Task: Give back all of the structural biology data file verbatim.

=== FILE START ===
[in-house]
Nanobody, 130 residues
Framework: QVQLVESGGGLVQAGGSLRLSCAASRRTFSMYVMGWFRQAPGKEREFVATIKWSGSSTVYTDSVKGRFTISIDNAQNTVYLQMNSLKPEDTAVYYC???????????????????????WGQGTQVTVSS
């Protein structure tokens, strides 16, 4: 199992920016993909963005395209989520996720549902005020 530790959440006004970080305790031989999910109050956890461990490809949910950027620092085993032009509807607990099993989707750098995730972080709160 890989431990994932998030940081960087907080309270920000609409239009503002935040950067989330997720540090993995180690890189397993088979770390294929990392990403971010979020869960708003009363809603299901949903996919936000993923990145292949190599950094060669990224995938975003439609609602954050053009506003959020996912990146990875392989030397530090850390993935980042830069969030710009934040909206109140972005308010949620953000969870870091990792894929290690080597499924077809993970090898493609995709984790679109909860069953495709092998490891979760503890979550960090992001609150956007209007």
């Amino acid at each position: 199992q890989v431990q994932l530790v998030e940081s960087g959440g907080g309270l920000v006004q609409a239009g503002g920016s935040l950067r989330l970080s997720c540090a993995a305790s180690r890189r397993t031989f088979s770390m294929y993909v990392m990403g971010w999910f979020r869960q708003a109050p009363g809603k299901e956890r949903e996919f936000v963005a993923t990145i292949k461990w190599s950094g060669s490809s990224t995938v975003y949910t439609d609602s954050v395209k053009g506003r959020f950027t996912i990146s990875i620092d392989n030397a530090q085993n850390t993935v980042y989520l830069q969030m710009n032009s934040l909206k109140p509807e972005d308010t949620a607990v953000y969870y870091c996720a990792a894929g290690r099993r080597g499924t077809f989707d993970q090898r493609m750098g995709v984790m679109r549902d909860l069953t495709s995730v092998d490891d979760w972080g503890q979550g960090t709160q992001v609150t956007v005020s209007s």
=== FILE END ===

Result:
[in-house]
Nanobody, 130 residues
Framework: QVQLVESGGGLVQAGGSLRLSCAASRRTFSMYVMGWFRQAPGKEREFVATIKWSGSSTVYTDSVKGRFTISIDNAQNTVYLQMNSLKPEDTAVYYC???????????????????????WGQGTQVTVSS
């Protein structure tokens, strides 16, 4: 199992920016993909963005395209989520996720549902005020 530790959440006004970080305790031989999910109050956890461990490809949910950027620092085993032009509807607990099993989707750098995730972080709160 890989431990994932998030940081960087907080309270920000609409239009503002935040950067989330997720540090993995180690890189397993088979770390294929990392990403971010979020869960708003009363809603299901949903996919936000993923990145292949190599950094060669990224995938975003439609609602954050053009506003959020996912990146990875392989030397530090850390993935980042830069969030710009934040909206109140972005308010949620953000969870870091990792894929290690080597499924077809993970090898493609995709984790679109909860069953495709092998490891979760503890979550960090992001609150956007209007």
């Amino acid at each position: 199992q890989v431990q994932l530790v998030e940081s960087g959440g907080g309270l920000v006004q609409a239009g503002g920016s935040l950067r989330l970080s997720c540090a993995a305790s180690r890189r397993t031989f088979s770390m294929y993909v990392m990403g971010w999910f979020r869960q708003a109050p009363g809603k299901e956890r949903e996919f936000v963005a993923t990145i292949k461990w190599s950094g060669s490809s990224t995938v975003y949910t439609d609602s954050v395209k053009g506003r959020f950027t996912i990146s990875i620092d392989n030397a530090q085993n850390t993935v980042y989520l830069q969030m710009n032009s934040l909206k109140p509807e972005d308010t949620a607990v953000y969870y870091c996720a990792a894929g290690r099993r080597g499924t077809f989707d993970q090898r493609m750098g995709v984790m679109r549902d909860l069953t495709s995730v092998d490891d979760w972080g503890q979550g960090t709160q992001v609150t956007v005020s209007s």